In the late 1800s, the American Bison had almost been hunted to extinction by American settlers, but today, they are a thriving part of the Great Plains ecosystem. In 1883, Teddy Roosevelt traveled to what was then known as the Dakota Territory to hunt Bison but fell in love with the West and developed a conservation mindset. In 1905, with the help of William Hornaday, he formed the American Bison Society. Saturday, November 4th, is National Bison Day. Celebrate the fantastic creatures that are Bison with these fun facts and exciting books. 

Bison Facts 

  • There are two main types of Bison: American and European. Only two species of Bison are alive today, with four being extinct. There are two subspecies of American Bison: Plains Bison and Wood Bison.
  • Bison are the largest mammal in North America, with an average weight of 2,000 pounds for males and females around 1,000 pounds.
  • A baby bison is called a calf.
  • You can tell a bison’s mood by their tail. A tail hanging low and moving from side to side is the sign of a relatively calm bison; however, if the tail is sticking straight out, watch out. While we can tell their mood, remember they are still huge, unpredictable animals, so love them from afar.
  • Bison are herbivores, grazing on prairie plants such as grasses and sedges.
  • Bison have excellent eyesight due to their wide-set eye placement, allowing for a larger field of vision in multiple directions than most animals.

Check out these books!

The buffalo are back by Jean Craighead George

In the mid-1800s, seventy-five million buffalo roamed in North America. In little more than fifty years, there would be almost none.” The death of the buffalo and the settlers’ farming and ranching practices endangered the prairie, as drought made the farmland crumble to dust. To help repair the land, the buffalo had to be saved.

American bison by Grace Hansen 

An introduction to the American bison’s physical characteristics and behavior.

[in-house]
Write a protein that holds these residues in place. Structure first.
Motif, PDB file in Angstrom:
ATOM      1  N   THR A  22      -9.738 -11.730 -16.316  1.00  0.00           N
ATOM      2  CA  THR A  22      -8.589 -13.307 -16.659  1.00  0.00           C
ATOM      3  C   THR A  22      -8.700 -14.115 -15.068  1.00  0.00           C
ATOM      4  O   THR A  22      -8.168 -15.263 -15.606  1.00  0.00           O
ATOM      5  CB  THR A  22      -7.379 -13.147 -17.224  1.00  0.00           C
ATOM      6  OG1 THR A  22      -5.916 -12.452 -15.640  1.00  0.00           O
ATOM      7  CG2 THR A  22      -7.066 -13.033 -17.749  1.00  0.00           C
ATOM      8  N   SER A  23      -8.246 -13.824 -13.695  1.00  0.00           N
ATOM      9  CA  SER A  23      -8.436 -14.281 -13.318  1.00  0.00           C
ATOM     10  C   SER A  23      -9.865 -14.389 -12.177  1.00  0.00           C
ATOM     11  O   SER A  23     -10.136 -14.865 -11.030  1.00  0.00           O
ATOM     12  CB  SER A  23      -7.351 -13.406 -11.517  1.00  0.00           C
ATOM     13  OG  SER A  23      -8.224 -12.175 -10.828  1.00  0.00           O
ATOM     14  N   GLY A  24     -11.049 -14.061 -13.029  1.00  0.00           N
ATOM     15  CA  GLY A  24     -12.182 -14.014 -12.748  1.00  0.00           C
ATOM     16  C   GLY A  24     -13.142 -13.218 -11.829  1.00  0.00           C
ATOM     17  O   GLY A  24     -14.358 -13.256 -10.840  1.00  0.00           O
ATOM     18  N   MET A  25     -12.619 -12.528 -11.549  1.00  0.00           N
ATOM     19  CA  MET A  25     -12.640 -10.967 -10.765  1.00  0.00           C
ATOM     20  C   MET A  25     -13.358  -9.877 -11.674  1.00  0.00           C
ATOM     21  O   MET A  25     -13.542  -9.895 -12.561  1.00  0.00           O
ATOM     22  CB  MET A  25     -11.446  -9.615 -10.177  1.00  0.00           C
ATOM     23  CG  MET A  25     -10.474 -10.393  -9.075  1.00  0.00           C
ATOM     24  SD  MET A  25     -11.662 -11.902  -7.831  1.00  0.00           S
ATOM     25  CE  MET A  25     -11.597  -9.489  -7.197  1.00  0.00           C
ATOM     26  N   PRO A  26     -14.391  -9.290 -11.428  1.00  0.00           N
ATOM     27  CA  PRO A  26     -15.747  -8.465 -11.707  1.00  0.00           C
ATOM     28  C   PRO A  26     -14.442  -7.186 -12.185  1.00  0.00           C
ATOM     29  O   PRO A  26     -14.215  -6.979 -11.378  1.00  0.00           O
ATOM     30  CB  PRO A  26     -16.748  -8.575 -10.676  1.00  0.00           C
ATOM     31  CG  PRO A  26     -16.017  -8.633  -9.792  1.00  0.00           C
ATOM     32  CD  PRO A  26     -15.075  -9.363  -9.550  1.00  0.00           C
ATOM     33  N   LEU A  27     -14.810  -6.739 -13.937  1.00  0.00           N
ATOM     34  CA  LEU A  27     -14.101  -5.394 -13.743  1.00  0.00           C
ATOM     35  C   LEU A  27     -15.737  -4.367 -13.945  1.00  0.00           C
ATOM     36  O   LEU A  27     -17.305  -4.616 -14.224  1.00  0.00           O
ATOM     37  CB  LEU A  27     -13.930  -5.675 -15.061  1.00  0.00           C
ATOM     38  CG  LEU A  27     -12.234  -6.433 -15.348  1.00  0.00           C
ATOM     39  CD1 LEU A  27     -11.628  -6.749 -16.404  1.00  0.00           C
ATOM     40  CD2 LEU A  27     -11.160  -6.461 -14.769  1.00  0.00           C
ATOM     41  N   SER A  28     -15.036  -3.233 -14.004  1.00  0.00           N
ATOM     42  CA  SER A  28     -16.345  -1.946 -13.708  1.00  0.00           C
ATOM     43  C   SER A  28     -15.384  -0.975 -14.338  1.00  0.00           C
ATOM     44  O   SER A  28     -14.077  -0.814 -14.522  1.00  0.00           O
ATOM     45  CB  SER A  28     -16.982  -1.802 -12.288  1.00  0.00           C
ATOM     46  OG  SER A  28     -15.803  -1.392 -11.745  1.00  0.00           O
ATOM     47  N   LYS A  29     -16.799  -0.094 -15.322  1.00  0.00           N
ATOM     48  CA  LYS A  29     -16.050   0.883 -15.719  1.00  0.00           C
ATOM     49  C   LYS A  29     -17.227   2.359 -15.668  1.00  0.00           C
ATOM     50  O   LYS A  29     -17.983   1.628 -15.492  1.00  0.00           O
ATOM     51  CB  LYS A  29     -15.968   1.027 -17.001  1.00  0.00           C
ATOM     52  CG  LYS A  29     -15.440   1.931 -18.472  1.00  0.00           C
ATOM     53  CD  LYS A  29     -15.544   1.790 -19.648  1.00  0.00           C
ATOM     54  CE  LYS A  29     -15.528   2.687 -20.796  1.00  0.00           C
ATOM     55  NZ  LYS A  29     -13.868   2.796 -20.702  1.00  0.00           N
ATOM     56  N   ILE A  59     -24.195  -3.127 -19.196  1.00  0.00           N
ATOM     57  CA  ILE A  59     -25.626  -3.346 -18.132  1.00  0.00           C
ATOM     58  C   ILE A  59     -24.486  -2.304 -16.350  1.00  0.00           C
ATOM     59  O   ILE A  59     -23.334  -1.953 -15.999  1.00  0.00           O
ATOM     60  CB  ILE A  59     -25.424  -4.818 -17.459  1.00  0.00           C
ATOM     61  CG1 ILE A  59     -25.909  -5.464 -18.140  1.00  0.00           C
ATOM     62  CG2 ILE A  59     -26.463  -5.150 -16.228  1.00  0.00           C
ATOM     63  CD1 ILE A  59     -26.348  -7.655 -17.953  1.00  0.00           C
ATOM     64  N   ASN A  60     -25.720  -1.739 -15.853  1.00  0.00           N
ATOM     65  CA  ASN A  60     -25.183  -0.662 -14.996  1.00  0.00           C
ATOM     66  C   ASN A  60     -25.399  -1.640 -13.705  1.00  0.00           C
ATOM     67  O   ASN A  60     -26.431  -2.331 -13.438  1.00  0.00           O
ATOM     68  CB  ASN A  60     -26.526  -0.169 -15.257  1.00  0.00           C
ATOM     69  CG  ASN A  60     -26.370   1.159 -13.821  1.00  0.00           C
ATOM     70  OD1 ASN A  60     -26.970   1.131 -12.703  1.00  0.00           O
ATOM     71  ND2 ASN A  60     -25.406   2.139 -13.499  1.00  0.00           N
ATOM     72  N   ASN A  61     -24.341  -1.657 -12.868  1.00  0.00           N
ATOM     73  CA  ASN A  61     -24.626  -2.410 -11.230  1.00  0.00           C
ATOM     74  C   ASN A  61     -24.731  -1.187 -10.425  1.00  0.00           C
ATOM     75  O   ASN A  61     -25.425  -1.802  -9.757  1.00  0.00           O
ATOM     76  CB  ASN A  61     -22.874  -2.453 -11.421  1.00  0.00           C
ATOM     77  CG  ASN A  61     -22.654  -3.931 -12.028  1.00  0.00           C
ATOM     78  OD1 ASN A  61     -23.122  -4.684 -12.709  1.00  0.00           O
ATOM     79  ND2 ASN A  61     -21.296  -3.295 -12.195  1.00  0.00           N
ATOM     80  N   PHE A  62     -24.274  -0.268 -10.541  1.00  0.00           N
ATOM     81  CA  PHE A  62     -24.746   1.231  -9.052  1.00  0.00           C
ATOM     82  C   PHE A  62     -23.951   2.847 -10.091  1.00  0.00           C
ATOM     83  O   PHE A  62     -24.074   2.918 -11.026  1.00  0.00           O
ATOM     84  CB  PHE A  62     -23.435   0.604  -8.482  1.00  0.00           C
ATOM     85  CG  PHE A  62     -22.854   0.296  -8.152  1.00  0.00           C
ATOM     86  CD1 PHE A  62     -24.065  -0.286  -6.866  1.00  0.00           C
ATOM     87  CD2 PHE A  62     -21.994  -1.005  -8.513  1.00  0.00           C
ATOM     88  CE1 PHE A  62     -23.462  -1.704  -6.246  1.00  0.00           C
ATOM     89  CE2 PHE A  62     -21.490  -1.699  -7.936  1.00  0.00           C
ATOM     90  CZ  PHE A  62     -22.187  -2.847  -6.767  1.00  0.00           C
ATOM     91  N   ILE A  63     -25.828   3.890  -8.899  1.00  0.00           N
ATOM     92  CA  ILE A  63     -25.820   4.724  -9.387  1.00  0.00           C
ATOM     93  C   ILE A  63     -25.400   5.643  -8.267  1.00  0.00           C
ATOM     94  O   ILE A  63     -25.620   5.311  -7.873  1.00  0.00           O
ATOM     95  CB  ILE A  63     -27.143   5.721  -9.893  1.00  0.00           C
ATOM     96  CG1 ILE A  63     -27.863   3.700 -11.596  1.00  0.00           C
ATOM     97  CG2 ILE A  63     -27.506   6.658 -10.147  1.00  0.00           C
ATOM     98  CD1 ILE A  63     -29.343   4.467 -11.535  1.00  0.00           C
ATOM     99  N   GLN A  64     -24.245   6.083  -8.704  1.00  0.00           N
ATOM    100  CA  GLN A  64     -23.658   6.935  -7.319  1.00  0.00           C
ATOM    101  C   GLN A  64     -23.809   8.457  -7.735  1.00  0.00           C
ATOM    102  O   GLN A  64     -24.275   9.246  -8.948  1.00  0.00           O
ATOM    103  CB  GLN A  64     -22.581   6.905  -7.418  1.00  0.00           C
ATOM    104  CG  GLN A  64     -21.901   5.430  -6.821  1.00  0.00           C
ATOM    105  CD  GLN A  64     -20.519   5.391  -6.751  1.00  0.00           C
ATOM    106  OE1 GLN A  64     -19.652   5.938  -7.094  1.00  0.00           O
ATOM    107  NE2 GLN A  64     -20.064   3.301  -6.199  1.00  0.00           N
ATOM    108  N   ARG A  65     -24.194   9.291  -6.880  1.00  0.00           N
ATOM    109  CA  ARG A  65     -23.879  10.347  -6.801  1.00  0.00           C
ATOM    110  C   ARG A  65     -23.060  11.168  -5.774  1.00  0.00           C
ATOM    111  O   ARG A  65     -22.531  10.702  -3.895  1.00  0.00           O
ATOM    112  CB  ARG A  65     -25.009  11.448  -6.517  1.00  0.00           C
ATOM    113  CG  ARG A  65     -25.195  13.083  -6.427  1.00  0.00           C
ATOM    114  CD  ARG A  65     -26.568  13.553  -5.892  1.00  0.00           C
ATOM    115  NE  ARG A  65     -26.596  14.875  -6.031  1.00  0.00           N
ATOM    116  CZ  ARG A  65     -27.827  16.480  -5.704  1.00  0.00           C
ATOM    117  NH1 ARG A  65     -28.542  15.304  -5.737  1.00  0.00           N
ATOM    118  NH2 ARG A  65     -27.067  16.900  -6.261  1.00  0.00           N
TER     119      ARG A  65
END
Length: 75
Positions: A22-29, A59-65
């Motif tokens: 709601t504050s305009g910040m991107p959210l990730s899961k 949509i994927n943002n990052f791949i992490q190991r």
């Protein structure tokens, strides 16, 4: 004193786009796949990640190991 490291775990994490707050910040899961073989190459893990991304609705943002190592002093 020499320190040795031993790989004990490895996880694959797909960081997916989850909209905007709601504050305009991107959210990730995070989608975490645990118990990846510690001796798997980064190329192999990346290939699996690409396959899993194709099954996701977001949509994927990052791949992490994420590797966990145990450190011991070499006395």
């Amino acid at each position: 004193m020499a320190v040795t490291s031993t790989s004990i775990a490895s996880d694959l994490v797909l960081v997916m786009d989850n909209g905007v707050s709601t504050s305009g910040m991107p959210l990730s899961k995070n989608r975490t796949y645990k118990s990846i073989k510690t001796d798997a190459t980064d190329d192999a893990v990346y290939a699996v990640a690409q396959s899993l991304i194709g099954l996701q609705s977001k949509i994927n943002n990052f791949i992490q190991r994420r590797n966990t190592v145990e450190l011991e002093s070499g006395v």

Bison by Mara Grunbaum

Did you know that bison are North America’s largest mammals or have lived in Yellowstone since prehistoric times? Learn fascinating facts like these and more all in the pages of this book!

The American bison (buffalo) is one of the most recognizable North American mammals. It is the official national animal of the United States, where you’ll still find them roaming.

Bison by Quinn M. Arnold

A kindergarten-level introduction to bison, covering their growth process, behaviors, the forests and grasslands they call home, and such defining features as their shaggy fur.

Big bison by Ryan Nagelhout

Developed by literacy experts for kindergarten through grade three students, this book introduces bison to young readers through leveled text and related photos.

I wish I was a bison by Jennifer Bové

Explore the lives of bison with Ranger Rick in this beginning reader with full-color photos of bison in the wild! What if you wished you were a bison and became one? Could you talk like a bison with grunts and snorts? Could you eat like a bison, chomping lots and lots of grass? And would you want to? Find out! Ranger Rick explorers can learn about bison in this reader full of fascinating facts, vivid wildlife photographs, a Wild Words glossary, and a hands-on activity that teaches kids how to play Bison Frisbee!

Buffalo migration by Rebecca Hirsh

Describes the life of the American bison, commonly called buffalo; discusses their migration, its purpose, and its route; and lists threats buffalo may face in their lives and on their migration.

Blue Bison needs a haircut by Scott Rothman

Blue Bison prides himself on always looking clean and neat, so when he goes for a haircut and discovers everywhere is closed, he is distraught, but his little sister Bubble Gum Bison and her utterly ridiculous idea save the day.

Bump! Bump! Bump! Someone’s been bouncing on the bed, and now it’s broken. Was it you?

Buffalo before breakfast by Mary Pope Osborne

The magic tree house takes Jack and his sister Annie to the Great Plains, where they learn about the life of the Lakota Indians.